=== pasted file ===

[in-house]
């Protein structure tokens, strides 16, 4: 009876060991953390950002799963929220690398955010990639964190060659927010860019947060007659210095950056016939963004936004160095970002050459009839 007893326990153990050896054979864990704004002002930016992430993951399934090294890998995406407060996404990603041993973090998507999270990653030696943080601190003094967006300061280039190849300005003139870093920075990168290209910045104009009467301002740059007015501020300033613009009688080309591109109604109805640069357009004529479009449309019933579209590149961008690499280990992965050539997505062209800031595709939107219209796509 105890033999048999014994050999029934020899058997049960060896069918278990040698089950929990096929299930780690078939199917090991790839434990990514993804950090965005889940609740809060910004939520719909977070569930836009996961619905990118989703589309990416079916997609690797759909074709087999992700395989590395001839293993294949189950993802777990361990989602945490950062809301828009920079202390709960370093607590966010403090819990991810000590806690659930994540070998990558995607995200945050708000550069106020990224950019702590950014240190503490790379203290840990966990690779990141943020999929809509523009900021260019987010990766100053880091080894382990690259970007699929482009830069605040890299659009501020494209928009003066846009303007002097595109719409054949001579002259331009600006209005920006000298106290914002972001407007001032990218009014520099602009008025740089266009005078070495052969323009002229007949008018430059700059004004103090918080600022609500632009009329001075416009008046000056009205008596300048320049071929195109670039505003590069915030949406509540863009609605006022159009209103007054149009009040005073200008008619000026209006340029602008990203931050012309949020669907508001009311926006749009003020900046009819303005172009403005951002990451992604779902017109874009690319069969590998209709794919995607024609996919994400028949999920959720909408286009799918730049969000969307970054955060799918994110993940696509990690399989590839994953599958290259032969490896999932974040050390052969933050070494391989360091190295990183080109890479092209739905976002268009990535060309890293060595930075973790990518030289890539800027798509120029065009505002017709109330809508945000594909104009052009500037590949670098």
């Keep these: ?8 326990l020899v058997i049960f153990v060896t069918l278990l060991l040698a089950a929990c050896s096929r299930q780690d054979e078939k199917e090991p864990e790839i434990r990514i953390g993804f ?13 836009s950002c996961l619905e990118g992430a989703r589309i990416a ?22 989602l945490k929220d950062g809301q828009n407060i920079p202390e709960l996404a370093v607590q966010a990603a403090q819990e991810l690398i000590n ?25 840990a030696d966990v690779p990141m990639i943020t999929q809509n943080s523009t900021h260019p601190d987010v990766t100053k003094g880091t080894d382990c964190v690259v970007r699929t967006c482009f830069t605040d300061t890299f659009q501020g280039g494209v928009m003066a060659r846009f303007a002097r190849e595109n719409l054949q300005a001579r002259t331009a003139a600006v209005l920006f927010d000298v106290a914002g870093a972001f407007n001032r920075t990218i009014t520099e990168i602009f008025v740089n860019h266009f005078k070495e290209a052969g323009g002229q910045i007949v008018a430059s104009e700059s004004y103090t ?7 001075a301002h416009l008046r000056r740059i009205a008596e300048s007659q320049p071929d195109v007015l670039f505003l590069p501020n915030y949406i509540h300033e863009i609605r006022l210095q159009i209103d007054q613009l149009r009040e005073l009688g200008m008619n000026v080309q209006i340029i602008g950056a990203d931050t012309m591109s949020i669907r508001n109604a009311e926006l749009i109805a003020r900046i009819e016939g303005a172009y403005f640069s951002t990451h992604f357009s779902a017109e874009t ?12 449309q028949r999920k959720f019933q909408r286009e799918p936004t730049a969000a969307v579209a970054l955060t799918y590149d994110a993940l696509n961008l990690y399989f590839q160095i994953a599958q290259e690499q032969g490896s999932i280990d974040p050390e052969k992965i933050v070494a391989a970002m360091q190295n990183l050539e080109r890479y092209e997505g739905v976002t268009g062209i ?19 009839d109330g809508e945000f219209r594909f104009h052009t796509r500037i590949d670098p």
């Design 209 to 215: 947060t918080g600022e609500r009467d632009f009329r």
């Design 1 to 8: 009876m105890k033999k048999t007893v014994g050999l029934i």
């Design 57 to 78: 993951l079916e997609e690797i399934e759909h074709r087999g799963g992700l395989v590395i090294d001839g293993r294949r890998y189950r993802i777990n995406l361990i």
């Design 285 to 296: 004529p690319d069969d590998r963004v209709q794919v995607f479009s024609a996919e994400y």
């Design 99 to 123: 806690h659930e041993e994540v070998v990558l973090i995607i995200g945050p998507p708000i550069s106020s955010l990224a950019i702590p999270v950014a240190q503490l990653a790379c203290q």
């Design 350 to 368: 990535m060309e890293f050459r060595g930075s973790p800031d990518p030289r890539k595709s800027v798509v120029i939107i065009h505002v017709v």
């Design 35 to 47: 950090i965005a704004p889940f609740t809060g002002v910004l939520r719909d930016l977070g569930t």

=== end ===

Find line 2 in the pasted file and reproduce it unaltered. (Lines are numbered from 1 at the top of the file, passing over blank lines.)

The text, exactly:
């Protein structure tokens, strides 16, 4: 009876060991953390950002799963929220690398955010990639964190060659927010860019947060007659210095950056016939963004936004160095970002050459009839 007893326990153990050896054979864990704004002002930016992430993951399934090294890998995406407060996404990603041993973090998507999270990653030696943080601190003094967006300061280039190849300005003139870093920075990168290209910045104009009467301002740059007015501020300033613009009688080309591109109604109805640069357009004529479009449309019933579209590149961008690499280990992965050539997505062209800031595709939107219209796509 105890033999048999014994050999029934020899058997049960060896069918278990040698089950929990096929299930780690078939199917090991790839434990990514993804950090965005889940609740809060910004939520719909977070569930836009996961619905990118989703589309990416079916997609690797759909074709087999992700395989590395001839293993294949189950993802777990361990989602945490950062809301828009920079202390709960370093607590966010403090819990991810000590806690659930994540070998990558995607995200945050708000550069106020990224950019702590950014240190503490790379203290840990966990690779990141943020999929809509523009900021260019987010990766100053880091080894382990690259970007699929482009830069605040890299659009501020494209928009003066846009303007002097595109719409054949001579002259331009600006209005920006000298106290914002972001407007001032990218009014520099602009008025740089266009005078070495052969323009002229007949008018430059700059004004103090918080600022609500632009009329001075416009008046000056009205008596300048320049071929195109670039505003590069915030949406509540863009609605006022159009209103007054149009009040005073200008008619000026209006340029602008990203931050012309949020669907508001009311926006749009003020900046009819303005172009403005951002990451992604779902017109874009690319069969590998209709794919995607024609996919994400028949999920959720909408286009799918730049969000969307970054955060799918994110993940696509990690399989590839994953599958290259032969490896999932974040050390052969933050070494391989360091190295990183080109890479092209739905976002268009990535060309890293060595930075973790990518030289890539800027798509120029065009505002017709109330809508945000594909104009052009500037590949670098």